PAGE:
This is must-see TV.

Once you tune in, it will be hard to turn away from this 24-hour streaming service. And you don’t need to share passwords to get your fix. 

The Wampanoag Tribe of Gay Head (Aquinnah) has turned on the tube. It is not YouTube, but FishTube. The Tribe’s Herring Cam ( is active, and it is quite riveting.   

Designed and installed to count herring, it captures so much more — with monitors (and online viewers) seeing more than 36 other species that swim past the cam. The Herring Cam is located in Herring Creek, which connects Menemsha Pond to Squibnocket Pond. Navigating it is a rite of passage and part of a journey that river herring undertake annually. 

River herring, including alewife and blueback herring species, are anadromous fish. That means the fish live split lifecycles, thriving in both fresh and salt water at different times of the year. In Vineyard waters, their seasonal cycle begins in mid to late March when they come from the ocean into freshwater streams and ponds to spawn or breed.   

Spawning season runs from March through June. The fish will stay in the ponds until fall when the fry swim back out into the ocean. The adults return annually and babies will ultimately return to their natal nursery once they reach sexual maturity (after approximately three years) to begin the cycle anew. 

Herring is an important fish for the tribe, who have historical and cultural traditions entwined with the species. Wampanoags use herring for food, bait and fertilizer; and the arrival of the fish heralds the beginning of spring and the replenishment of a vital food source after the long winter. Besides humans, river herring also feed otters, striped bass and many other wildlife species.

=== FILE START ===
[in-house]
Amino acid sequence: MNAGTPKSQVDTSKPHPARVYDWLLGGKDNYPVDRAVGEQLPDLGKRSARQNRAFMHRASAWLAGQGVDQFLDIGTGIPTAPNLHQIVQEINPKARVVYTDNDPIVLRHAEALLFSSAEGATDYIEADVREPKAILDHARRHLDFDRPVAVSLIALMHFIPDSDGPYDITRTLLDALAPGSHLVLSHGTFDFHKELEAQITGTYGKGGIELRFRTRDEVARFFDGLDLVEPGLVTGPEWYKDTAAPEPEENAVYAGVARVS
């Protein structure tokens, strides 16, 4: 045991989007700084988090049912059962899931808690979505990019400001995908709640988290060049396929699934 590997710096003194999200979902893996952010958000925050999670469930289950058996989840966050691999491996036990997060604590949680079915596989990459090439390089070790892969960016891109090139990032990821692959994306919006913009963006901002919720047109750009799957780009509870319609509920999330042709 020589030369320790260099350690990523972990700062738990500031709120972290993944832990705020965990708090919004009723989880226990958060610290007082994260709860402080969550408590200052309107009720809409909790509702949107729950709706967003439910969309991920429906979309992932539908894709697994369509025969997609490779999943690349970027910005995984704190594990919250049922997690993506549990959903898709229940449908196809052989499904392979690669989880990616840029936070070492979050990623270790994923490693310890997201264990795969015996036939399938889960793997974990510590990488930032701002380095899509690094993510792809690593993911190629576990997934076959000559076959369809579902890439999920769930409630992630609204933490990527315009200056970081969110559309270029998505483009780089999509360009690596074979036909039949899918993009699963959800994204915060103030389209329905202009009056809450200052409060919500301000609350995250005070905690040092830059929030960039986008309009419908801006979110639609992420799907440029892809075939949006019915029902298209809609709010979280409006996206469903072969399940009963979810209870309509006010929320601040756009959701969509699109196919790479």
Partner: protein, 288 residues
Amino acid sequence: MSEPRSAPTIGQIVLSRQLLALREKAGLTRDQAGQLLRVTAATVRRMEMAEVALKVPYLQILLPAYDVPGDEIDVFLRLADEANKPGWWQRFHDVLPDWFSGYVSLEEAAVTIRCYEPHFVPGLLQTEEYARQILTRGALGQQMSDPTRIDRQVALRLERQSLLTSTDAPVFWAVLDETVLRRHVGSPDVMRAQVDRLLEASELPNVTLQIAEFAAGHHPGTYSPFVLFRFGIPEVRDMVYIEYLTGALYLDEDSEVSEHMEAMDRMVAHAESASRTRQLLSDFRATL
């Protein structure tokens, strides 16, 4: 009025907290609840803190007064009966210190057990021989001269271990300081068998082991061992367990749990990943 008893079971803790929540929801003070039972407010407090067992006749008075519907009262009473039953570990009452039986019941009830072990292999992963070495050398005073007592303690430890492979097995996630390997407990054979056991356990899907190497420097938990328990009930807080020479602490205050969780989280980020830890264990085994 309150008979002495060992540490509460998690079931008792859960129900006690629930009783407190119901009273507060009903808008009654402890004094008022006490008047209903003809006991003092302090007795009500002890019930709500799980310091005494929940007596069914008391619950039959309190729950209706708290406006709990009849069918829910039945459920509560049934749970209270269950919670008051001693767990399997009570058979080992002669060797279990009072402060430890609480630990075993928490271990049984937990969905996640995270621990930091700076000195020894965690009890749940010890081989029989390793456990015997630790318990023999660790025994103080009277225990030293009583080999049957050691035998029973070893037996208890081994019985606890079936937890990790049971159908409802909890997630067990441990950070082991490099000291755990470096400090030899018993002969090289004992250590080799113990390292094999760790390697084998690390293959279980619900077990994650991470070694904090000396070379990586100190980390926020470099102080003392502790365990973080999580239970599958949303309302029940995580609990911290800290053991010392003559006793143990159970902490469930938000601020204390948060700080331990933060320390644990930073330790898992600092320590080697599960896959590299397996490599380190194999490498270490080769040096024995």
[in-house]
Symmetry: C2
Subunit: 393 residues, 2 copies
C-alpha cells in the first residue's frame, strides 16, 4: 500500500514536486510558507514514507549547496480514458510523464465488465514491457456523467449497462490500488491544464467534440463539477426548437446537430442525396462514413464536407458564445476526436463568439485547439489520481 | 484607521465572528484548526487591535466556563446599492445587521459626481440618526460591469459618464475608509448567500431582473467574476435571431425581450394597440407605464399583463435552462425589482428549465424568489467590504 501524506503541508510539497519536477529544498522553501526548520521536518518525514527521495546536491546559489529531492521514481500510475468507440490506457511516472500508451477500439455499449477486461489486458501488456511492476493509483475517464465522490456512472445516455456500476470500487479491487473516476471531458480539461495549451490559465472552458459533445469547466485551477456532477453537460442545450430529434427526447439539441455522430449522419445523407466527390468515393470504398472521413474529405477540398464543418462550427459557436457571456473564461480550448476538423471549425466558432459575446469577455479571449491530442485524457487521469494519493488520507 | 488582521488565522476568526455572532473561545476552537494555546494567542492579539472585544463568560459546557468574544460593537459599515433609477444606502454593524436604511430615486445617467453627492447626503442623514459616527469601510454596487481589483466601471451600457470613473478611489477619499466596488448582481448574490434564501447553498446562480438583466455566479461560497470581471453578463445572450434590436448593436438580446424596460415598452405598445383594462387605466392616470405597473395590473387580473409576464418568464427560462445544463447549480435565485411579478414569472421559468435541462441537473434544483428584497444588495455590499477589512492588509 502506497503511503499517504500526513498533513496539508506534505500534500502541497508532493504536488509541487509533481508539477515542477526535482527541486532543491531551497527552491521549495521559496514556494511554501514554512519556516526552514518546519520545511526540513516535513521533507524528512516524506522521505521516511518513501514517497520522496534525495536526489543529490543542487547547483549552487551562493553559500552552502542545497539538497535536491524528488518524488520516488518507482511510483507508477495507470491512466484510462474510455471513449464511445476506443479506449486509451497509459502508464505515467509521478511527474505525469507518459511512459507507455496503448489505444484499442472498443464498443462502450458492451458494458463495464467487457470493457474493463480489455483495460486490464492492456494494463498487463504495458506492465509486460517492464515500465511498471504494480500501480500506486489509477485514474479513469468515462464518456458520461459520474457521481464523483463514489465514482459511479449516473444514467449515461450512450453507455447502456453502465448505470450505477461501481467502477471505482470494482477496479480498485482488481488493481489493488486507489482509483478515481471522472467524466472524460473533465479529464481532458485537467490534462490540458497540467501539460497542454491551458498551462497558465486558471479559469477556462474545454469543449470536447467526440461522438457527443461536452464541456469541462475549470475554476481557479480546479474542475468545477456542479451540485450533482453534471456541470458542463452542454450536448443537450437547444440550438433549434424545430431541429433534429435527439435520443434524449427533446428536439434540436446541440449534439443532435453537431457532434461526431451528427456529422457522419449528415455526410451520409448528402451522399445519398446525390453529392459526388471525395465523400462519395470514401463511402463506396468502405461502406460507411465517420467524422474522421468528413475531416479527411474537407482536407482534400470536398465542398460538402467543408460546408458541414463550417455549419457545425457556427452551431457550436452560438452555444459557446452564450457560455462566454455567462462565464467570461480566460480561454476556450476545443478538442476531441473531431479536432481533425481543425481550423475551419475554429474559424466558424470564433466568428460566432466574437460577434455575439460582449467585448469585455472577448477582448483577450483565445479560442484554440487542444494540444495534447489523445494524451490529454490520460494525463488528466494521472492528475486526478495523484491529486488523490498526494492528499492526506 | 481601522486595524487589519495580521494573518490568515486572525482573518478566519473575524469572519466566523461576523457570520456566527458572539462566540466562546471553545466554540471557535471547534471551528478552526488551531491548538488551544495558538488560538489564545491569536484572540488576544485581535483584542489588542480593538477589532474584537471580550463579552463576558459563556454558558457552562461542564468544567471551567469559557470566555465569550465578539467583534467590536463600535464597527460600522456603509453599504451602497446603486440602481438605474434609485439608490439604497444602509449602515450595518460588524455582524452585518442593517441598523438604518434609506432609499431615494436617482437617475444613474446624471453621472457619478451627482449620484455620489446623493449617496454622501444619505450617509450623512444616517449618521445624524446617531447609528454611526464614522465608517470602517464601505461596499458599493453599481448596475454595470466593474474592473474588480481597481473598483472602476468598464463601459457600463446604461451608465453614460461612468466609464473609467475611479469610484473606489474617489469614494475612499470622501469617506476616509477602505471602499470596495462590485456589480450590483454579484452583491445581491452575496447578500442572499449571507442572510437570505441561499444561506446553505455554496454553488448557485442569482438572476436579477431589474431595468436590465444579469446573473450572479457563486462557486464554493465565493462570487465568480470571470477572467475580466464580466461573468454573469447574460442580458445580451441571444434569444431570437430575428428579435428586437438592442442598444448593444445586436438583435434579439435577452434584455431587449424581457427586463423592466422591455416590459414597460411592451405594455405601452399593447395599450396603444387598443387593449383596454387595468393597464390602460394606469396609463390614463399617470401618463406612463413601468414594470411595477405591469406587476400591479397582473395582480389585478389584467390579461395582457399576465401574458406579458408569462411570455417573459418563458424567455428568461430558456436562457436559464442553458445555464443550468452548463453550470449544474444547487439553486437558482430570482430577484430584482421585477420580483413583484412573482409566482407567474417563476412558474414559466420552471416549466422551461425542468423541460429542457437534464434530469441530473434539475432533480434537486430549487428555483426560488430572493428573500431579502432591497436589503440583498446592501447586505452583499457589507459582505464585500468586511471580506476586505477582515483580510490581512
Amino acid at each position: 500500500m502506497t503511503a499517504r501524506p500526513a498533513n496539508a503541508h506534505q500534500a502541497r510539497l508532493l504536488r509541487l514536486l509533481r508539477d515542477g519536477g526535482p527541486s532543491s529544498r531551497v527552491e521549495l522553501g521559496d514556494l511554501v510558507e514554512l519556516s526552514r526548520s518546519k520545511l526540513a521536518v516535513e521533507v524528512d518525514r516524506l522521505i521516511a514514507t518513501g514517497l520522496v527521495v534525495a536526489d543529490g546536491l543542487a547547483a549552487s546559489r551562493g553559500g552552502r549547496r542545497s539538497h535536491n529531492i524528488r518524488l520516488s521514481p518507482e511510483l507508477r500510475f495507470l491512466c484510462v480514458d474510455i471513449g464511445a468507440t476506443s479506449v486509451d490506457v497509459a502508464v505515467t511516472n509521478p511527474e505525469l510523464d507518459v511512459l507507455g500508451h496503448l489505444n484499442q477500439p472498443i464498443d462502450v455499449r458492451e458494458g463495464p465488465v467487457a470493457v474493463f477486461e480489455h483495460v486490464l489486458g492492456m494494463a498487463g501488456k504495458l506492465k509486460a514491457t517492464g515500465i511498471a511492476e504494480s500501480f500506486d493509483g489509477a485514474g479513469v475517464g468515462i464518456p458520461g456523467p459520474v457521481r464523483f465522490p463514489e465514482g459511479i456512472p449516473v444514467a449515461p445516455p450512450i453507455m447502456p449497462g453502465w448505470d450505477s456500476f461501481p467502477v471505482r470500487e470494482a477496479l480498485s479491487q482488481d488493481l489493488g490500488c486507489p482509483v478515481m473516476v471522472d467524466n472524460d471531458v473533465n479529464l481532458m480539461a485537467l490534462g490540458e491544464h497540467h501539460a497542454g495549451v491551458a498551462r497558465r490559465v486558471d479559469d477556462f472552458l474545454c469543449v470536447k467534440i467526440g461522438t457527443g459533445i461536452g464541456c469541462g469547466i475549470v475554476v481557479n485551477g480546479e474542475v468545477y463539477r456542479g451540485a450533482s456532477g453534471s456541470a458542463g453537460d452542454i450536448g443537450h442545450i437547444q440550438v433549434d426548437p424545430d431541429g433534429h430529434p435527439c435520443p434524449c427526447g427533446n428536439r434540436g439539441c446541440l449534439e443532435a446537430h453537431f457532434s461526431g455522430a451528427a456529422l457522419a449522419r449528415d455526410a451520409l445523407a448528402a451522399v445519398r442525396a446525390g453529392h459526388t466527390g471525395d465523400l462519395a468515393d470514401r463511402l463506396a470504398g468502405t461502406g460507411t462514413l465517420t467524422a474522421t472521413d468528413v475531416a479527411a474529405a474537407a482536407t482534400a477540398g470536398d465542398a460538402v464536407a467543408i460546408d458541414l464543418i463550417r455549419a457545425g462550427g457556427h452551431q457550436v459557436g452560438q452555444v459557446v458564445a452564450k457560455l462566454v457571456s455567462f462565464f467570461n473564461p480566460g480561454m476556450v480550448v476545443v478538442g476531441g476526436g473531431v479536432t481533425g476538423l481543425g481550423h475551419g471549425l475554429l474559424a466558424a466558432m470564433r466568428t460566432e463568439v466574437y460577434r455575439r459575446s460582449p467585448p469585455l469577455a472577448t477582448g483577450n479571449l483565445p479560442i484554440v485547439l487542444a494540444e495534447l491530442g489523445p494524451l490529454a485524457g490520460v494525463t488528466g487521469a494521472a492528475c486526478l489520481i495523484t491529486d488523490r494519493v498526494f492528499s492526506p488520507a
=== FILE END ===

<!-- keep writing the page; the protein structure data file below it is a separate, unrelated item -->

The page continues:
During the late 20th century, the number of herring plummeted. The decline has been blamed on commercial trawlers scooping up unsustainable numbers of fish, and the degradation of their habitat, especially the streams and rivers through which they spawn. The rivers have been affected by erosion, storms, poor water quality, road construction and damming of these needed waterways. Even with a moratorium of harvesting these fish, their numbers have not rebounded.   

Locally the same has been true. One Wampanoag elder described catching fish with her hands as a child, and photos of historic harvests show their once-plentiful bounty with herring ankle-deep as people harvested them. In the mid-1990s, reports of herring numbers in Squibnocket Pond exceeded 300,000. In the last few years, the Herring Cam has counted 30,000 or 40,000 moving past the camera into the pond. 

The Herring Cam show is now in its seventh season and there is no end in sight to this compelling drama. Twists and turns in these fish stories are now being discovered as the project has progressed to include the tagging of fish to monitor their trials and tribulations. In the last few years, five hundred fish have been tagged and followed. 

We don’t know how the story will end and there surely will be more red herrings in the tale. Keep watching and don’t worry about getting hooked — unless you are a fish.

Suzan Bellincampi is islands director for Felix Neck Wildlife Sanctuary in Edgartown and the Nantucket Wildlife Sanctuaries. She is also the author of Martha’s Vineyard: A Field Guide to Island Nature and The Nature of Martha’s Vineyard.